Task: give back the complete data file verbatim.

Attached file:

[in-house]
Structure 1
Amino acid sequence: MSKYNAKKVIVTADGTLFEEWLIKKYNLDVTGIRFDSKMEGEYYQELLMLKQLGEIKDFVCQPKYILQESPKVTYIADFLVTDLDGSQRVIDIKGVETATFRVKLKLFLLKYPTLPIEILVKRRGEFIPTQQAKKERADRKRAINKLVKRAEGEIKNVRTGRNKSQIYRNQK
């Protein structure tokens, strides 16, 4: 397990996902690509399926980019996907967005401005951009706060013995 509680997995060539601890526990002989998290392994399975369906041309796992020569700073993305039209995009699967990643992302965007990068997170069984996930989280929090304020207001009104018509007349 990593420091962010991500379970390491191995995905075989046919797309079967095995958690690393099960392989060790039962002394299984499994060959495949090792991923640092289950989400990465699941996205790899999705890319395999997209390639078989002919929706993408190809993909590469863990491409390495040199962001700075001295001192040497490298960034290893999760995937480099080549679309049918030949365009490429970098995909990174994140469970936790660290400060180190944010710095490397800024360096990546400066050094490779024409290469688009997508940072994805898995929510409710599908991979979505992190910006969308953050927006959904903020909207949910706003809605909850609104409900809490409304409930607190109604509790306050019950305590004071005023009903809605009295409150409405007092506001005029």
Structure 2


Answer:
[in-house]
Structure 1
Amino acid sequence: MSKYNAKKVIVTADGTLFEEWLIKKYNLDVTGIRFDSKMEGEYYQELLMLKQLGEIKDFVCQPKYILQESPKVTYIADFLVTDLDGSQRVIDIKGVETATFRVKLKLFLLKYPTLPIEILVKRRGEFIPTQQAKKERADRKRAINKLVKRAEGEIKNVRTGRNKSQIYRNQK
């Protein structure tokens, strides 16, 4: 397990996902690509399926980019996907967005401005951009706060013995 509680997995060539601890526990002989998290392994399975369906041309796992020569700073993305039209995009699967990643992302965007990068997170069984996930989280929090304020207001009104018509007349 990593420091962010991500379970390491191995995905075989046919797309079967095995958690690393099960392989060790039962002394299984499994060959495949090792991923640092289950989400990465699941996205790899999705890319395999997209390639078989002919929706993408190809993909590469863990491409390495040199962001700075001295001192040497490298960034290893999760995937480099080549679309049918030949365009490429970098995909990174994140469970936790660290400060180190944010710095490397800024360096990546400066050094490779024409290469688009997508940072994805898995929510409710599908991979979505992190910006969308953050927006959904903020909207949910706003809605909850609104409900809490409304409930607190109604509790306050019950305590004071005023009903809605009295409150409405007092506001005029």
Structure 2